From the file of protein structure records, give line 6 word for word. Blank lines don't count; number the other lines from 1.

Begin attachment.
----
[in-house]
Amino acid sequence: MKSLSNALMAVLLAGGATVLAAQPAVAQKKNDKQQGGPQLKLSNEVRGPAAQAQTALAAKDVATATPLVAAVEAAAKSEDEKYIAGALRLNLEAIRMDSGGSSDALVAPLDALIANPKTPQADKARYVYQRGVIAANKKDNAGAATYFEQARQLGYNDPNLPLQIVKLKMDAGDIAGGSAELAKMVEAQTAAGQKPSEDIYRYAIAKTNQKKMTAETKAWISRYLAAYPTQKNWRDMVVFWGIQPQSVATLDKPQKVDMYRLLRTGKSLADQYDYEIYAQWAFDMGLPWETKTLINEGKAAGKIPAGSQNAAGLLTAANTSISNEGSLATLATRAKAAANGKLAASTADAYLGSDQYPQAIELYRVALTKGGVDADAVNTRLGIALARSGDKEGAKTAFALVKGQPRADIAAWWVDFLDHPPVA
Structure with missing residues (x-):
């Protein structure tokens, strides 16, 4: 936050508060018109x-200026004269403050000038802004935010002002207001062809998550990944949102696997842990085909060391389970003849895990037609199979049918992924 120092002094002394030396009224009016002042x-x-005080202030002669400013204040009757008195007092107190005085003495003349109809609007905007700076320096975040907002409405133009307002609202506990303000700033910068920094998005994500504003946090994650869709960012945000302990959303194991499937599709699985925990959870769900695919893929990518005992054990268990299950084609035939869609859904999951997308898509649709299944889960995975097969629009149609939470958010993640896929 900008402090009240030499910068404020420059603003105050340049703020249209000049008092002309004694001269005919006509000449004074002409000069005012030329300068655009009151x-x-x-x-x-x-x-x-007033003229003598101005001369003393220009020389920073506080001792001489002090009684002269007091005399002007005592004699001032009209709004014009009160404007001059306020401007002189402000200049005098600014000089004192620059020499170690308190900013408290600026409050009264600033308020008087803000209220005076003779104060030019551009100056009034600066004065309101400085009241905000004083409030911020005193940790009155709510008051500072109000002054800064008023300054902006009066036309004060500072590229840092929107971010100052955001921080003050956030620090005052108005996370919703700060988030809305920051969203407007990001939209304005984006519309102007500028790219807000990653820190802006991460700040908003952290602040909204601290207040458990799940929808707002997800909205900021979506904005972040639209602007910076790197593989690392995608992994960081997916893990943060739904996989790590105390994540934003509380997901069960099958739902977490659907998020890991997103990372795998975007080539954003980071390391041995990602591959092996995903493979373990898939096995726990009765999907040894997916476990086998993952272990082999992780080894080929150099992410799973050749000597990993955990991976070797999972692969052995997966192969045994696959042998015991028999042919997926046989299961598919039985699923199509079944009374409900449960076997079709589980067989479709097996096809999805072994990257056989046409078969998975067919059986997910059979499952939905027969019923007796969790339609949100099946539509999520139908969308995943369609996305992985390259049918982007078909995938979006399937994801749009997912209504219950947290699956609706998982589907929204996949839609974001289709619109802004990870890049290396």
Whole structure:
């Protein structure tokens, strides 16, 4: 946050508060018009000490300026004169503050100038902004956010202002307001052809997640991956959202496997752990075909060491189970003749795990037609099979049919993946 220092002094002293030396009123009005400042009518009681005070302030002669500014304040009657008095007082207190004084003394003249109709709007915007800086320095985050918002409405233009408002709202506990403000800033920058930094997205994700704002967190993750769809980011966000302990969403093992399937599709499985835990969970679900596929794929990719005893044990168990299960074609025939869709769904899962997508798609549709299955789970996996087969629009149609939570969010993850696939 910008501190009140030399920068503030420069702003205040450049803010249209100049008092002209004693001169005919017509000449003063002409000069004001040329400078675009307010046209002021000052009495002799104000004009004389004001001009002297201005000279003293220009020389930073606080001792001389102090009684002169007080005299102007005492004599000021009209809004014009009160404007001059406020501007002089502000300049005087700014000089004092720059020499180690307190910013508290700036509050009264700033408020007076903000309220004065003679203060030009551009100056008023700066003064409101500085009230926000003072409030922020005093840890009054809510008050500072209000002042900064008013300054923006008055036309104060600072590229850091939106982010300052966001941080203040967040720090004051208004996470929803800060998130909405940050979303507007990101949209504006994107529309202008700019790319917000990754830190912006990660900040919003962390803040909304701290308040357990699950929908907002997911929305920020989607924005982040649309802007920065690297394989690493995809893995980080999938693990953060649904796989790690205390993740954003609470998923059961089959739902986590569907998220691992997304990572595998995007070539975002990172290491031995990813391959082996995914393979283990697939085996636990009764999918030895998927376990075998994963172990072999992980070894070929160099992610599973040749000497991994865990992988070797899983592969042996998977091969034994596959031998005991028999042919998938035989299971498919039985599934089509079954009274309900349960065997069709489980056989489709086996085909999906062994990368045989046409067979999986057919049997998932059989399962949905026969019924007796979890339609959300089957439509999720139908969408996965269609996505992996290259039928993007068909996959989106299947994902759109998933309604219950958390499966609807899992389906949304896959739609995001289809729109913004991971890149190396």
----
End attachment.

């Protein structure tokens, strides 16, 4: 946050508060018009000490300026004169503050100038902004956010202002307001052809997640991956959202496997752990075909060491189970003749795990037609099979049919993946 220092002094002293030396009123009005400042009518009681005070302030002669500014304040009657008095007082207190004084003394003249109709709007915007800086320095985050918002409405233009408002709202506990403000800033920058930094997205994700704002967190993750769809980011966000302990969403093992399937599709499985835990969970679900596929794929990719005893044990168990299960074609025939869709769904899962997508798609549709299955789970996996087969629009149609939570969010993850696939 910008501190009140030399920068503030420069702003205040450049803010249209100049008092002209004693001169005919017509000449003063002409000069004001040329400078675009307010046209002021000052009495002799104000004009004389004001001009002297201005000279003293220009020389930073606080001792001389102090009684002169007080005299102007005492004599000021009209809004014009009160404007001059406020501007002089502000300049005087700014000089004092720059020499180690307190910013508290700036509050009264700033408020007076903000309220004065003679203060030009551009100056008023700066003064409101500085009230926000003072409030922020005093840890009054809510008050500072209000002042900064008013300054923006008055036309104060600072590229850091939106982010300052966001941080203040967040720090004051208004996470929803800060998130909405940050979303507007990101949209504006994107529309202008700019790319917000990754830190912006990660900040919003962390803040909304701290308040357990699950929908907002997911929305920020989607924005982040649309802007920065690297394989690493995809893995980080999938693990953060649904796989790690205390993740954003609470998923059961089959739902986590569907998220691992997304990572595998995007070539975002990172290491031995990813391959082996995914393979283990697939085996636990009764999918030895998927376990075998994963172990072999992980070894070929160099992610599973040749000497991994865990992988070797899983592969042996998977091969034994596959031998005991028999042919998938035989299971498919039985599934089509079954009274309900349960065997069709489980056989489709086996085909999906062994990368045989046409067979999986057919049997998932059989399962949905026969019924007796979890339609959300089957439509999720139908969408996965269609996505992996290259039928993007068909996959989106299947994902759109998933309604219950958390499966609807899992389906949304896959739609995001289809729109913004991971890149190396």